Last night, the second semi-final of Eurovision 2019 took place and the ten qualifiers drew halves for the final. Producers then went to work preparing the running order of the grand final. We are now going to analyse the draw and see what it might mean for your favourites.
Since 2013, the running order has been determined by producers. The intent is to put together the best show possible. This is done by providing a degree of variation in genre and feel, rather than, for instance, giving us six ballads in a row. The running order also takes staging requirements into consideration, ensuring that large props won’t be crowding the off-stage area all at once, nor will we get a glut of performances all with the same colour lighting.
Bearing all of this in mind, let’s take a look at what the draw means. We are primarily going to focus on the contest from 2013 onwards, as the running order was determined completely randomly before this.
Malta will open the show with Michela’s “Chameleon”. While nobody has won the contest from this position in recent years, it is certainly possible to achieve a good result. Laura Tesoro of Belgium finished 10th in 2016 and Mariya Yaremchuk of Ukraine finished 6th in 2014 after opening the show.
Second in the running order is generally considered the “death slot”. Nobody has ever won the contest singing second in the final. Since 2013, Teo of Belarus achieved the best result from this position, placing 16th in 2014. He is also the only act to make the Top 20 from this spot since 2013. As such, the signs are not looking good for Jonida Maliqi of Albania.
Sergey Lazarev of Russia was considered a big favourite coming into the contest. He will sing fifth, which may be considered too early for a winner. The last person to win from this early in the piece was Turkey’s Sertab Erener in 2003 who sang fourth. However, Cesár Sampson won the jury vote from this position last year and finished 3rd overall. Going further back, Armenia’s Sirusho finished 4th from the same spot in the running order in 2008 and received the most douze points that year. Combined with the fact that Russia is surrounded by acts that are not predicted by bookies to contend may indicate that Russia’s draw is not as bad as it appears on the surface.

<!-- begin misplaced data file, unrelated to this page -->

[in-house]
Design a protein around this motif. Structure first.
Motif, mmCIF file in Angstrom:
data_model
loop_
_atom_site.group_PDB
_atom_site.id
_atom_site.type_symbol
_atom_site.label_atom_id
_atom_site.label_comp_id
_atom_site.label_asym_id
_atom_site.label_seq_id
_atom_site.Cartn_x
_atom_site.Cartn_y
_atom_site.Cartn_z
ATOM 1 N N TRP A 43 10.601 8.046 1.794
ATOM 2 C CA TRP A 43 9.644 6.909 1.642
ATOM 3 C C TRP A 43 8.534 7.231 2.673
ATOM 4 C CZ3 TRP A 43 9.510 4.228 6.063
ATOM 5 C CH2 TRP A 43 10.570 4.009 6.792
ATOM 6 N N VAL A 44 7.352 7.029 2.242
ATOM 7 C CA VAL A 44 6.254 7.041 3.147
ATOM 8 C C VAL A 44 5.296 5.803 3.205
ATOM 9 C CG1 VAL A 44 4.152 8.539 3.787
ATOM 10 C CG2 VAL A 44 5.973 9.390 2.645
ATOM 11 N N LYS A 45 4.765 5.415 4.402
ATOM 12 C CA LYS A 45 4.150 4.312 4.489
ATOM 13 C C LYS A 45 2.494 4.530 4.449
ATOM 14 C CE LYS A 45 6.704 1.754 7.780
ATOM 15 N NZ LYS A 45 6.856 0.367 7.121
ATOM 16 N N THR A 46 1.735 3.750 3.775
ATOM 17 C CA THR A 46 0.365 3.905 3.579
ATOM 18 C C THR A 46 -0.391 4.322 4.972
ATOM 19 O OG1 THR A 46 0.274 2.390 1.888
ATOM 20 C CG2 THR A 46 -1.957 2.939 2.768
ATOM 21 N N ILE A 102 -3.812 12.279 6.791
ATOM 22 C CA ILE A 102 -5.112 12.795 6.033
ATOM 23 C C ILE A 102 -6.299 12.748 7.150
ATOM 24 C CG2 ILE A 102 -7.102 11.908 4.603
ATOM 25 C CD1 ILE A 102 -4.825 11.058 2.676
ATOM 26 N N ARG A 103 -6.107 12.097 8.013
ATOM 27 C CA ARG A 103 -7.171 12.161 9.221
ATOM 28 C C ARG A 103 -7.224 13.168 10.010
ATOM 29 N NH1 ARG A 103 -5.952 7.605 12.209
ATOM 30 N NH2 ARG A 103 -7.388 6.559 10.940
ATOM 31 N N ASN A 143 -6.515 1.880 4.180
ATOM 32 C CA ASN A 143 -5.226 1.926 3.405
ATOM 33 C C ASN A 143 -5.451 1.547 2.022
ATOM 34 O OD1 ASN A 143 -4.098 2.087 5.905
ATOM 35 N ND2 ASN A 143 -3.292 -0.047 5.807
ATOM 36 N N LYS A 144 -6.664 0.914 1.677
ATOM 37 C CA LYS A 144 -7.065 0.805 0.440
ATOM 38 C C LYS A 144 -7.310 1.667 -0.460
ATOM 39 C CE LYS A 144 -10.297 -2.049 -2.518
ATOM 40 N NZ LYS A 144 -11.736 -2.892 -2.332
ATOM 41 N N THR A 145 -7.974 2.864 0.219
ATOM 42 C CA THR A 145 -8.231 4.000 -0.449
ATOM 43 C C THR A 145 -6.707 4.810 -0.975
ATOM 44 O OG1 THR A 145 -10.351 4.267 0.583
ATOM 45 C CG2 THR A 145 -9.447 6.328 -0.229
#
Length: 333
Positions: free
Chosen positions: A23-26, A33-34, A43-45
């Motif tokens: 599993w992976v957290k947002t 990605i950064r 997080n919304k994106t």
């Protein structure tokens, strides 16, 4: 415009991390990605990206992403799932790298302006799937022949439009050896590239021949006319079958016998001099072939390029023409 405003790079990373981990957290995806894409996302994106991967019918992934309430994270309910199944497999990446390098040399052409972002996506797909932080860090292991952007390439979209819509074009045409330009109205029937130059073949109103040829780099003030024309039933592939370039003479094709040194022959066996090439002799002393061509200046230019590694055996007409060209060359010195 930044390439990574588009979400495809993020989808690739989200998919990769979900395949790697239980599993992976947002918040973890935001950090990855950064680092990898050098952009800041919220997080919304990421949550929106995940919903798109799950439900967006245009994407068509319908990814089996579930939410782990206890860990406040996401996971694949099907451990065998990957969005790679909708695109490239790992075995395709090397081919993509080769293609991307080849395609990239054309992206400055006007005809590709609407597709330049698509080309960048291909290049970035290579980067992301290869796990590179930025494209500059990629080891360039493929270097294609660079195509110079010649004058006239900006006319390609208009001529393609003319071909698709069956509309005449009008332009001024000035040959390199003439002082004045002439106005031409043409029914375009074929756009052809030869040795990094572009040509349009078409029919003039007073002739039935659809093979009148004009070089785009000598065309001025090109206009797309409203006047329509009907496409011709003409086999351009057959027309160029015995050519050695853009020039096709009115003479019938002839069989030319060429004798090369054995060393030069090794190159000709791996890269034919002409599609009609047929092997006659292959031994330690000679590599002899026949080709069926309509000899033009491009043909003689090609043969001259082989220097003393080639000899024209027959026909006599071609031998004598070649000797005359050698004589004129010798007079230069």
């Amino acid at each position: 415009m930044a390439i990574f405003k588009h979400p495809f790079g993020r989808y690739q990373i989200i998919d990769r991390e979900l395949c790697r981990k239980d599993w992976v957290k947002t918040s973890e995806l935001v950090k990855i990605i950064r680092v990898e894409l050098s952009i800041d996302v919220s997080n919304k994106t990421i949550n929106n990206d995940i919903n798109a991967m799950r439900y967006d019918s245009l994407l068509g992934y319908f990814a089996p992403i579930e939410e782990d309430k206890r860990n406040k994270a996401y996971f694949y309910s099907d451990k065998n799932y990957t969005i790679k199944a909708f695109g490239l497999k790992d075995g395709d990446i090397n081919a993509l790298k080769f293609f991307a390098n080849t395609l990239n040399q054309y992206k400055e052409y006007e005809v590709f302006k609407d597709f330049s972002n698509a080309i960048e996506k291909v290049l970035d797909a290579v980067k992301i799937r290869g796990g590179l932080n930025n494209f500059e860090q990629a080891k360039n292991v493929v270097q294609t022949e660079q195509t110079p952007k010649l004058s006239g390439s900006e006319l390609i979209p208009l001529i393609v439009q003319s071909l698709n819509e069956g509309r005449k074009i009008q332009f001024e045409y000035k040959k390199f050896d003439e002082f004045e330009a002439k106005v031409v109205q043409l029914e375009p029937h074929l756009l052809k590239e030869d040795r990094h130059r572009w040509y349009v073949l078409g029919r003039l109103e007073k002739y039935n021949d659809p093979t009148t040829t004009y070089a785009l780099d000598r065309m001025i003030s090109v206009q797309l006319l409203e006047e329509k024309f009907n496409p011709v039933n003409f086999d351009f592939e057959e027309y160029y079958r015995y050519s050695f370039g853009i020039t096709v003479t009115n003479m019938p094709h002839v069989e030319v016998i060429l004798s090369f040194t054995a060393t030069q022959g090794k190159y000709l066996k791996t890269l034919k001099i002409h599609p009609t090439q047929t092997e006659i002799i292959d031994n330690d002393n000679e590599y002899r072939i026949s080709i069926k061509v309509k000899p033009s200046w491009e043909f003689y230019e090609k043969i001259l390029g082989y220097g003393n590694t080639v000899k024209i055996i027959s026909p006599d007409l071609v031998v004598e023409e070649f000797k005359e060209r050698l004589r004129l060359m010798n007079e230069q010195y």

John Lundvik of Sweden is one of the favourites to win, currently sitting third in the odds. He will sing 9th, situated between two slower songs in North Macedonia and Slovenia, allowing him to shine. This is a solid draw for Sweden, singing one position earlier than their win in 2015. The draw suggests Sweden did rather well in the semi-final. However, if John won, it would be the earliest a winner has performed since the rule change.
Cyprus will sing 11th — the same position as Austria in 2014 and Portugal in 2017 for their wins. The Netherlands will go 12th in what is undeniably a very favourable draw for the competition favourite. While nobody has won from 12th in the 2000s, a late first half draw is prime position to strike for the title. Australia’s Guy Sebastian most recently managed a Top 5 finish from this spot in the running order in 2015.
Greece sing 13th, closing out the first half. On the surface, this may appear to be a great draw. After all, Dami Im won the jury vote and came 2nd from this spot in 2016. Loïc Nottet came 4th and Sanna Nielsen came 3rd from the same spot in 2015 and 2014 respectively. However, they are singing between the favourite and the host country, which may make this draw a little tougher for Greece.
Iceland will sing 17th, the same position as Loreen, Marija Serifovic and Lordi. Since the rule change, Emmelie de Forest sang 18th, which would suggest Hatari’s draw is generally positive. There are also no heavyweights within earshot of Iceland according to the bookies.
A run of strong songs follows with Azerbaijan, France and Italy singing 20th to 22nd. All three countries are in the Top 10 to win with bookmakers and have great spots in the running order. Alexander Rybak won from 20th, Jamala from 21st and Lena and Netta both won from 22nd.
The bookies’ second favourite Australia has also been given prime real estate at 25th. Nobody has won from quite so late in recent years but the runner-up has sang 25th in both of the last two years. This indicates Australia did well in — and possibly won — their semi-final, much like Bulgaria’s Kristian Kostov in 2017. Going back to 2008, Dima Bilan sang second last in his victory for Russia. Switzerland are on right before Australia and may benefit from the contrast of singing between Serbia and Australia.
Spain will close the show in what is also a favourable draw. Italy managed a Top 5 finish last year from the same spot and Armenia and Italy have both managed Top 10 finishes in recent years from that position with Iveta Mukuchyan and Il Volo respectively. In Il Volo’s case, they won the televote after singing last.
What do you think of the running order? Who will benefit from it and who will be hindered by it? Let us know in the comments below.